Volume 17, Number 12—December 2011
Iridovirus Infection in Chinese Giant Salamanders, China, 2010
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|EID||Dong W, Zhang X, Yang C, An J, Qin J, Song F, et al. Iridovirus Infection in Chinese Giant Salamanders, China, 2010. Emerg Infect Dis. 2011;17(12):2388-2389. https://dx.doi.org/10.3201/eid1712.101758|
|AMA||Dong W, Zhang X, Yang C, et al. Iridovirus Infection in Chinese Giant Salamanders, China, 2010. Emerging Infectious Diseases. 2011;17(12):2388-2389. doi:10.3201/eid1712.101758.|
|APA||Dong, W., Zhang, X., Yang, C., An, J., Qin, J., Song, F....Zeng, W. (2011). Iridovirus Infection in Chinese Giant Salamanders, China, 2010. Emerging Infectious Diseases, 17(12), 2388-2389. https://dx.doi.org/10.3201/eid1712.101758.|
To the Editor: The Chinese giant salamander (Andreas davidianus) is one of the world’s largest amphibian species and is often referred to as a living fossil. They primarily inhabit drainage basins of the Yangtze River, the Yellow River, and the Pearl River in the People’s Republic of China (1). Because of habitat loss, pollution, and overharvesting, the population of wild Chinese giant salamanders has dropped sharply (2,3). As a result, the Chinese giant salamander is artificially farmed in mesocosms for research and conservation. The mesocosms (ambient temperature <20°C) are maintained primarily in mountainous caves and mountainous ditches. During June–October 2010, a high mortality rate was reported in salamanders in ditch mesocosms in Shaanxi, Sichuan, and Henan, reaching an epidemic peak in July. Mortality rate reached 95% in the affected areas. Although bacteria, including Aeromonas hydrophila (4), were isolated from sick salamanders, antimicrobial drug treatment did not successfully improve the situation. Further pathologic analysis and viral testing were subsequently performed.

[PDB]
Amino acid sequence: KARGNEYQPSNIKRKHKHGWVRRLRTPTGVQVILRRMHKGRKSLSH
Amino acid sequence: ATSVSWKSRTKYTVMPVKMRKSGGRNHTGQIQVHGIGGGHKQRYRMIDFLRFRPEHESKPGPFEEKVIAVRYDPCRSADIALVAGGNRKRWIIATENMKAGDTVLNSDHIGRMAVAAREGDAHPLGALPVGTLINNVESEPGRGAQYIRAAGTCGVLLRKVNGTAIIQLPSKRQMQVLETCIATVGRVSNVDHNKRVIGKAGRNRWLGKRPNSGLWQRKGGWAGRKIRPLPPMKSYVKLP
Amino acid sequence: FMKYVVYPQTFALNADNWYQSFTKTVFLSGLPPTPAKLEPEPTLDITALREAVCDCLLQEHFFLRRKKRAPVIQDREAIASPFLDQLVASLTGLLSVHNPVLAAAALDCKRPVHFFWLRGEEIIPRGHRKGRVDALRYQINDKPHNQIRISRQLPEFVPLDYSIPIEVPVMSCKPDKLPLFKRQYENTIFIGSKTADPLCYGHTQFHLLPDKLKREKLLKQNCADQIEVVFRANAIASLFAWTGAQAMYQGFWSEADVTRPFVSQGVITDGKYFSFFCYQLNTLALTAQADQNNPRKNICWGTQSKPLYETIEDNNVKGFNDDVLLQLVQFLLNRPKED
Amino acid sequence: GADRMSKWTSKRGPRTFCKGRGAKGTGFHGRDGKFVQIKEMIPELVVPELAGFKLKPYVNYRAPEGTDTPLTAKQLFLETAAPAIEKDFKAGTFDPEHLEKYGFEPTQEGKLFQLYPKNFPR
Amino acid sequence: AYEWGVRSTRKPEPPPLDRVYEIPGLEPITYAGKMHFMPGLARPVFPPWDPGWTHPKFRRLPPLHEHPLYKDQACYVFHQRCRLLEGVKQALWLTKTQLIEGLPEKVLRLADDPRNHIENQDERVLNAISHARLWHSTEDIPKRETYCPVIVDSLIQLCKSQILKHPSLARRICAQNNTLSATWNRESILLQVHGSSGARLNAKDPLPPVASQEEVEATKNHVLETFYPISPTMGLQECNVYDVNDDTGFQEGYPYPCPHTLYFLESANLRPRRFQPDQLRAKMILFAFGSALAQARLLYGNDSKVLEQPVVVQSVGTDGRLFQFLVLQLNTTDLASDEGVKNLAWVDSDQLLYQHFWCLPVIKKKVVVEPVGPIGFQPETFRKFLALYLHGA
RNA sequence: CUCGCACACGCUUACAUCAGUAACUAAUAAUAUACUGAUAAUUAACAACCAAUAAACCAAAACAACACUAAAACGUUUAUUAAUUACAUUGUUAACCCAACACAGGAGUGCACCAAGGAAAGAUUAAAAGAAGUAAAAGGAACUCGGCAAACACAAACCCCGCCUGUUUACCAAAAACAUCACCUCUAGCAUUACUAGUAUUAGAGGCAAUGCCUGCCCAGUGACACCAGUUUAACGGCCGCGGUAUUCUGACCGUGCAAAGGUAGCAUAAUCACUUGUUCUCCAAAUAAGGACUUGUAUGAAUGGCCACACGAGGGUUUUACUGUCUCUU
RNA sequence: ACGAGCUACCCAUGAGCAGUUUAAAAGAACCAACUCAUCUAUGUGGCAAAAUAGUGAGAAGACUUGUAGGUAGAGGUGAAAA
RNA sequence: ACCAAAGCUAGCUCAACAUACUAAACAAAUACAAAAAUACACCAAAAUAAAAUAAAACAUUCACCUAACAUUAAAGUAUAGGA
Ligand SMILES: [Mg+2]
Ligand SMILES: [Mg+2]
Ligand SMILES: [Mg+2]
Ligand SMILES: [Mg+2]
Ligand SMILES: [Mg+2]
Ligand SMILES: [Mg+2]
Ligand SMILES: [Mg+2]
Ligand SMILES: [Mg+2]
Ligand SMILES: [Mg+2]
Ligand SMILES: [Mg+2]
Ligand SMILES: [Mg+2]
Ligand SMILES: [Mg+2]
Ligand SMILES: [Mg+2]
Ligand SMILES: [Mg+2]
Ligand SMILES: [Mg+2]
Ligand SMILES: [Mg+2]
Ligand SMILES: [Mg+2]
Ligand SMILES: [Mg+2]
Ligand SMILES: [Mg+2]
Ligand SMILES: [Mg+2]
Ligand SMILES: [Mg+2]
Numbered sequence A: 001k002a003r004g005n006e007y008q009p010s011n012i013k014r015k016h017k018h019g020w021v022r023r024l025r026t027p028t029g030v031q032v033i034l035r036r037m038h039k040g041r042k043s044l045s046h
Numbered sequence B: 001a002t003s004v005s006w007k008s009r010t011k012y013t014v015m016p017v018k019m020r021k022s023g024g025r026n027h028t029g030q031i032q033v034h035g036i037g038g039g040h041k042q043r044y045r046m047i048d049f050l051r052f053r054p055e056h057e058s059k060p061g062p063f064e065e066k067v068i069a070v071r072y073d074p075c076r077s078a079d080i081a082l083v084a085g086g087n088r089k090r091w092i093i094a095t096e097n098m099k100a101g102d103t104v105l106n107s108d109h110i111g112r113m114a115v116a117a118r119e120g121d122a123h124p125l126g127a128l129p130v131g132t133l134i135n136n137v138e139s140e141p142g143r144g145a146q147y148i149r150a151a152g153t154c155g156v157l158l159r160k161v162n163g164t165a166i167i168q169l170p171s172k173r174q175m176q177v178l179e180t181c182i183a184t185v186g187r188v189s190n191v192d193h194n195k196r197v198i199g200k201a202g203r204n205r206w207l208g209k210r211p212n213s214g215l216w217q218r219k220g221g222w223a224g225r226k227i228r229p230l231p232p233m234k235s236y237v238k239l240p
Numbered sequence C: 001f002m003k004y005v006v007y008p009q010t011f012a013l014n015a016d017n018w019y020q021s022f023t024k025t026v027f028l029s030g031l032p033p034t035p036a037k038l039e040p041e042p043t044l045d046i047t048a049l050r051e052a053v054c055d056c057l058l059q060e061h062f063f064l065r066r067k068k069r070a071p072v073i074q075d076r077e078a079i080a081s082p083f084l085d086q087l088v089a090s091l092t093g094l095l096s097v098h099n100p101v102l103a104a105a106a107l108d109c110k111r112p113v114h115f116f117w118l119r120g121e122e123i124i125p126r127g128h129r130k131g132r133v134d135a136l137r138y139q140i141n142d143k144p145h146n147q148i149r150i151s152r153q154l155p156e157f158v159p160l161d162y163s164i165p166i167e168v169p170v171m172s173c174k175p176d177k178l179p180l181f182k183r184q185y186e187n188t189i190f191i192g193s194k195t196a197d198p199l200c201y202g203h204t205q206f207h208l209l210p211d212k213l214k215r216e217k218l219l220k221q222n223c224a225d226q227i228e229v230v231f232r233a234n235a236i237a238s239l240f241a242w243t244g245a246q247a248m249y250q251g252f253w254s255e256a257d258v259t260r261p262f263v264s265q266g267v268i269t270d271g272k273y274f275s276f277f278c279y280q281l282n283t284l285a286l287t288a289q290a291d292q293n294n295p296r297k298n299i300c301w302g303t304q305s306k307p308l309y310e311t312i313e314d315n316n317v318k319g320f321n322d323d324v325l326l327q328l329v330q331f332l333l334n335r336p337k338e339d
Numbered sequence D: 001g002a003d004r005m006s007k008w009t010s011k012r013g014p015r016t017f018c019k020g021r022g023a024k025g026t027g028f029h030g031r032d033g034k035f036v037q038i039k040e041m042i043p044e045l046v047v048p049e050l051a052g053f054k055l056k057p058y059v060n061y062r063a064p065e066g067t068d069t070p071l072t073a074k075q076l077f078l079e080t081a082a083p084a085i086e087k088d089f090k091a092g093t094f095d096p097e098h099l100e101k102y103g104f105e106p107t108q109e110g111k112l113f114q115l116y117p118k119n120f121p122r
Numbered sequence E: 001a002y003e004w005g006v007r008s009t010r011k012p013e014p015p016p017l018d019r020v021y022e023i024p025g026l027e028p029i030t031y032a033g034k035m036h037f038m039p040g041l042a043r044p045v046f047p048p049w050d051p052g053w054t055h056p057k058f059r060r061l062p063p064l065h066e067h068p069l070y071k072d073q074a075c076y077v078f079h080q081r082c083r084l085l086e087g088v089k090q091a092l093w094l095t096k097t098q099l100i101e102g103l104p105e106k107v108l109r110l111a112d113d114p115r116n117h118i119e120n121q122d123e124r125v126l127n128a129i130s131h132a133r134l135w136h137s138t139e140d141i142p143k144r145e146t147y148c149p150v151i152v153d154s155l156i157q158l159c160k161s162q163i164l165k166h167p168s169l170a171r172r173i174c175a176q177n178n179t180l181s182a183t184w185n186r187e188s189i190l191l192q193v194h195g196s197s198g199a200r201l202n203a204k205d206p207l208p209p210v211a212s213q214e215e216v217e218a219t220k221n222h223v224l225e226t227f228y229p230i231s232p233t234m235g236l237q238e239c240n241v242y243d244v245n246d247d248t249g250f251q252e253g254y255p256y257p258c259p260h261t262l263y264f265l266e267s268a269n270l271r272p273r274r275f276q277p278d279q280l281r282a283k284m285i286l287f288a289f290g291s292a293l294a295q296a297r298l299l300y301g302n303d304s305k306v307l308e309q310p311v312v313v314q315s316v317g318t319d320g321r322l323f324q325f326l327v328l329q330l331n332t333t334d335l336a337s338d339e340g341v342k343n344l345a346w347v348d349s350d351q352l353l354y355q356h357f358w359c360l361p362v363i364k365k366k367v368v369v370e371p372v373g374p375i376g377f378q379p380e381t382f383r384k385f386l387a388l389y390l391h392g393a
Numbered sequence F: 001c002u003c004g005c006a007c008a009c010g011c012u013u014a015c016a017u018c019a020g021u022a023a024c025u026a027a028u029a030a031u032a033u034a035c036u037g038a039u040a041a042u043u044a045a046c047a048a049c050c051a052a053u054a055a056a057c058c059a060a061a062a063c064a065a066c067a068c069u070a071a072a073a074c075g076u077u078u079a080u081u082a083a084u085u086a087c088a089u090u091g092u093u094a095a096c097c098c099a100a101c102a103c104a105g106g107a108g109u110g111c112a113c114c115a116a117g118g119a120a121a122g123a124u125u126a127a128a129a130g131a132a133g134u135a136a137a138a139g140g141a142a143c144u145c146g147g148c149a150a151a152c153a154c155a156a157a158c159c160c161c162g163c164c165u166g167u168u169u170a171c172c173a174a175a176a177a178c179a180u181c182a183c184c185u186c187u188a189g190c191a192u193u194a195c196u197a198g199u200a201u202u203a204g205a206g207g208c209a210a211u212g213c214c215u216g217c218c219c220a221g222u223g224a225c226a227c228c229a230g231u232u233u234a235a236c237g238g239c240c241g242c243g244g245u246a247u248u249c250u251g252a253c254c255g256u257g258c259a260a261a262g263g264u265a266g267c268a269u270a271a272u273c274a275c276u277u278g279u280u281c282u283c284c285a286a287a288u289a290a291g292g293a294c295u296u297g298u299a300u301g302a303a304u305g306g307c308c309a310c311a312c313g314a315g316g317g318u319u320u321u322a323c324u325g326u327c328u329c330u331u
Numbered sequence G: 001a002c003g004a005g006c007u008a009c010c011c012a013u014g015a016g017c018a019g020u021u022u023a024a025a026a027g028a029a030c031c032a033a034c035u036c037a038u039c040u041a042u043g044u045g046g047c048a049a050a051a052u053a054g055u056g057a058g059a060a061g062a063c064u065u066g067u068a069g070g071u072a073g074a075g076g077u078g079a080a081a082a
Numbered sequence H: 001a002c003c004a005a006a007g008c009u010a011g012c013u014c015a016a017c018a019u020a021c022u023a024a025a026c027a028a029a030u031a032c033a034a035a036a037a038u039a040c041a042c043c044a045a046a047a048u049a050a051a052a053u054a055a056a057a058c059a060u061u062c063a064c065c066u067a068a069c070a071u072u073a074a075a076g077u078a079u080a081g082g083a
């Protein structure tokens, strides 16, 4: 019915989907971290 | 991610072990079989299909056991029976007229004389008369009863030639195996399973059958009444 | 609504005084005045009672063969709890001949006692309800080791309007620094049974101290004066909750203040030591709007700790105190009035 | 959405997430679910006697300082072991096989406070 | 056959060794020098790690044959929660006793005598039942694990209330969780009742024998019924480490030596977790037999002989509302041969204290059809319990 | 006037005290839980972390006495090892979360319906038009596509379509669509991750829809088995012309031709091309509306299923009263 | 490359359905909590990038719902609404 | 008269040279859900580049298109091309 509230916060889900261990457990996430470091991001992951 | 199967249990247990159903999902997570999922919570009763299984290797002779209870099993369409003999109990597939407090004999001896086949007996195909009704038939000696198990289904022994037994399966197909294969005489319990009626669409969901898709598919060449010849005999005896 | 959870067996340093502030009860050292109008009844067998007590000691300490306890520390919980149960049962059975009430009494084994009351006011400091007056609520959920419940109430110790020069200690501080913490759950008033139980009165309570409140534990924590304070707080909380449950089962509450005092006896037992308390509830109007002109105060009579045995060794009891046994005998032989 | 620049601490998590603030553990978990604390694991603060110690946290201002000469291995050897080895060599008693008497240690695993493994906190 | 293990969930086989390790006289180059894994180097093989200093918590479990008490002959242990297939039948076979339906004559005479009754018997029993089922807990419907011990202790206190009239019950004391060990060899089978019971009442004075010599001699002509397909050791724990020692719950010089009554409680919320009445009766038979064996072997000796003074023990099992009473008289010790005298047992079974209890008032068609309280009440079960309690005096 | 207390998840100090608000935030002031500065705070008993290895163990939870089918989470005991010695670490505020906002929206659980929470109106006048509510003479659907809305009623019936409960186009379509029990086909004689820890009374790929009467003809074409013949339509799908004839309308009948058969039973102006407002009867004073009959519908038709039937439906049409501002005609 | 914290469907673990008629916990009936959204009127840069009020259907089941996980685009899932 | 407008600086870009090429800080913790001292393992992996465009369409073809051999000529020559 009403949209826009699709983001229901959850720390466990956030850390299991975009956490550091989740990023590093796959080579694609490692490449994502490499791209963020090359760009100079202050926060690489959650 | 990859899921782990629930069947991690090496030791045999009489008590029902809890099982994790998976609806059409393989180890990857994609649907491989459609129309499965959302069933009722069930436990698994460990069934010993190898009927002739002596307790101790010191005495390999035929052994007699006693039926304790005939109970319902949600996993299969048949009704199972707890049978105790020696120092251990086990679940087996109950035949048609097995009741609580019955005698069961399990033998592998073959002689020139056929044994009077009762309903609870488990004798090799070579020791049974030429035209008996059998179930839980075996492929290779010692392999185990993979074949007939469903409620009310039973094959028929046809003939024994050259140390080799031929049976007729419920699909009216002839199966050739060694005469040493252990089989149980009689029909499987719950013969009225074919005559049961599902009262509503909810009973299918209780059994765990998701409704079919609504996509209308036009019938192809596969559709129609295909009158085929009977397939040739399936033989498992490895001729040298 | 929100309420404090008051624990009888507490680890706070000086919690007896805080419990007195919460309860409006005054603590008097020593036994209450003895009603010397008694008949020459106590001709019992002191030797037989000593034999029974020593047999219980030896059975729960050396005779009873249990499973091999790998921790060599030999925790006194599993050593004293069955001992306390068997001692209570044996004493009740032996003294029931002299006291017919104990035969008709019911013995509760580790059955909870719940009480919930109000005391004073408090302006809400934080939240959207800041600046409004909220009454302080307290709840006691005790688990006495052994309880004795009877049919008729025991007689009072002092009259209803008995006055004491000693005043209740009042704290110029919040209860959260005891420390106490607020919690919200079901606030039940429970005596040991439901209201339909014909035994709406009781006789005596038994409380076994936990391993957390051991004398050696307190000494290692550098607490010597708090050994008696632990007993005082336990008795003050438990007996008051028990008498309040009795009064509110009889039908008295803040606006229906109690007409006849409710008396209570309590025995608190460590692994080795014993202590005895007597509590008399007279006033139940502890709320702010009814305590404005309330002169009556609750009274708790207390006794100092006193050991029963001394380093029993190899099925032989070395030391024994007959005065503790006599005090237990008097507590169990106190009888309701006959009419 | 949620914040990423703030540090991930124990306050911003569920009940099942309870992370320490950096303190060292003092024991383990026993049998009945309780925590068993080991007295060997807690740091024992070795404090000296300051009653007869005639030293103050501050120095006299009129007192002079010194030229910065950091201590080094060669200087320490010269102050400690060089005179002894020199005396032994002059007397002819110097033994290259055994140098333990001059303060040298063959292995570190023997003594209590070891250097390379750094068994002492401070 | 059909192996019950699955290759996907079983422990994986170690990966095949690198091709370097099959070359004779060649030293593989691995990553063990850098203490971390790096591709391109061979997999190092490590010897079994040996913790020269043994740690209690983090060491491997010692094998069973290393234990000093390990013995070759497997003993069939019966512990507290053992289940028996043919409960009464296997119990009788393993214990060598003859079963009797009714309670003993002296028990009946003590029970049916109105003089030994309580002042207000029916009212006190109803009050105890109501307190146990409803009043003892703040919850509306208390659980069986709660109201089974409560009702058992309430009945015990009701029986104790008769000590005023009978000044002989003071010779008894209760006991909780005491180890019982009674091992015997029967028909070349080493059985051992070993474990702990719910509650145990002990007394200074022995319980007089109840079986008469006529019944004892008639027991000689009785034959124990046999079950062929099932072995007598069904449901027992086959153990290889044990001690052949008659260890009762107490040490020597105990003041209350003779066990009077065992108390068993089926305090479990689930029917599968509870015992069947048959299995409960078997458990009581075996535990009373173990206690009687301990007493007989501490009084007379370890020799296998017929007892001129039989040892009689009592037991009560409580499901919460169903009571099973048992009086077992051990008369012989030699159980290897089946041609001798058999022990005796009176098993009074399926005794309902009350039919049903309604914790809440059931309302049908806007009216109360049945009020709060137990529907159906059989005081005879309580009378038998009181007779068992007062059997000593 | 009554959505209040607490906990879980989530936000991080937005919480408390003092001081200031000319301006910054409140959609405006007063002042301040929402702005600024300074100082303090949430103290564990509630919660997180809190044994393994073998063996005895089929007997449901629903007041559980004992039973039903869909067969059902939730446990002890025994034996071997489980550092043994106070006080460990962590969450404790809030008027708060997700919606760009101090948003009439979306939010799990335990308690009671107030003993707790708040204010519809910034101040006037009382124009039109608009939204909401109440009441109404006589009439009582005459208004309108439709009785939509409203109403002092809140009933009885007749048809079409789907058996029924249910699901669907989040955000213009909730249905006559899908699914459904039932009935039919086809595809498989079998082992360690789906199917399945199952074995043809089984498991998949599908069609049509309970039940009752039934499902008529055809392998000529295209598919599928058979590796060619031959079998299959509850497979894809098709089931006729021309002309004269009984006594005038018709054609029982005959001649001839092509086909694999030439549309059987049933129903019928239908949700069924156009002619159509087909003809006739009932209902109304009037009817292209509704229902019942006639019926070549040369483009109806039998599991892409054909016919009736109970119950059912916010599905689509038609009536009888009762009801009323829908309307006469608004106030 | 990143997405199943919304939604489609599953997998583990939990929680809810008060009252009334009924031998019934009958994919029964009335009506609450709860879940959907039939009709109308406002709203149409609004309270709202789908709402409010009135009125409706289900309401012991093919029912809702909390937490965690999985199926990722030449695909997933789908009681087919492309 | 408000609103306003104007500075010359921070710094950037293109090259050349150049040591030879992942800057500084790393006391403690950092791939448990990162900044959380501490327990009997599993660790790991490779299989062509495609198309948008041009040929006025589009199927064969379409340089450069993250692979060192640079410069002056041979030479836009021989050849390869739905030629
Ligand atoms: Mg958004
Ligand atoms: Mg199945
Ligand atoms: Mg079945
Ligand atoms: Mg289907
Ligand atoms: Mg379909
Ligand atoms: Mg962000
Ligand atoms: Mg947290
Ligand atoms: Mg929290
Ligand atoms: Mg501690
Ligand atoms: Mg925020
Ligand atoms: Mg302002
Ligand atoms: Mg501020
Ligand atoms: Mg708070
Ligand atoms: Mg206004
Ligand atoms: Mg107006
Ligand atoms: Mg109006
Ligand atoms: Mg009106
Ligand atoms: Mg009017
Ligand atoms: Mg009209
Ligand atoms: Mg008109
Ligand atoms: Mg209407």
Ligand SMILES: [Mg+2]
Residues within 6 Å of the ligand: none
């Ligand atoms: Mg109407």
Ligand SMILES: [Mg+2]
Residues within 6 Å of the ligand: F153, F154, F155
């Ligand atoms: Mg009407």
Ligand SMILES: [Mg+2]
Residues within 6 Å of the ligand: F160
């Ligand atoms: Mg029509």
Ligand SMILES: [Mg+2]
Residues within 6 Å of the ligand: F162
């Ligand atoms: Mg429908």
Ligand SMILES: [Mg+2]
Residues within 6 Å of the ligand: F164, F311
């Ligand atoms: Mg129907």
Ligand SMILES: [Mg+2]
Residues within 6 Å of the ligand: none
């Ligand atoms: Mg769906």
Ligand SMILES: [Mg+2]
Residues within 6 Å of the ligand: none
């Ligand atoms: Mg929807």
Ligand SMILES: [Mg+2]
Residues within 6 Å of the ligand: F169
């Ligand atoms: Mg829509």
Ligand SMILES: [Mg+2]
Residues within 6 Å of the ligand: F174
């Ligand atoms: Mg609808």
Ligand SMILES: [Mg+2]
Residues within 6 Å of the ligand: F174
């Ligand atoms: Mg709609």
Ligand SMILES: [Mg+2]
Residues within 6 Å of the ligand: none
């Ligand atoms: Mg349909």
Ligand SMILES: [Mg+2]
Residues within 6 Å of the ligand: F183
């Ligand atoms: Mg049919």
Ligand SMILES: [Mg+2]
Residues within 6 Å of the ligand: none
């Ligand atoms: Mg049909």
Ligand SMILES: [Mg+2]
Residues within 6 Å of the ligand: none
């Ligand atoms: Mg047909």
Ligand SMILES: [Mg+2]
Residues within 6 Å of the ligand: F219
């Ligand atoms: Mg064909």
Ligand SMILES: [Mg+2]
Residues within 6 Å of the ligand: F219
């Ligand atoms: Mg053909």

Pathologic changes were similar among the affected salamander populations. Gross anatomical changes included palpebral hyperemia or swelling; mouth pouch erythema; ecchymoses in the oral cavity; petechiae, ulceration; and erythema on the dorsal and ventral body surface; toe necrosis (Technical Appendix Figure 1, panels A, B [PDF - 383 KB - 2 pages]); emaciation; friable and gray-black liver; and mottled, friable lesions of the kidney and spleen (Technical Appendix Figure 1, panel C [PDF - 383 KB - 2 pages]). Histologic examination showed hyperplastic lymphoid nodules in the spleen (Figure, panel A). Additionally, nuclear debris, macrophages (Figure, panel A), and intracytoplasmic inclusion bodies (Figure, panel B) were observed in the lymphoid nodules. Liver sinusoids were enlarged and contained large numbers of macrophages. Degenerating hepatocytes were noted (Technical Appendix Figure 1, panel D [PDF - 383 KB - 2 pages]). Degenerate renal epithelial cells were shed from the basement membrane and were found in the lumen of the renal tubules (Technical Appendix Figure 1, panel E [PDF - 383 KB - 2 pages]). A large number of viral particles were observed in renal epithelial cells (Technical Appendix Figure 1, panel G [PDF - 383 KB - 2 pages]). Virus was isolated from the liver, kidney, and spleen. Electron microscopy was performed on random tissue samples from organs positive for an unidentified virus. Icosahedral viral particles ≈150 nm in diameter were observed in the cytoplasm of some cells (Figure, panel B; Technical Appendix Figure 1, panels F, G [PDF - 383 KB - 2 pages]).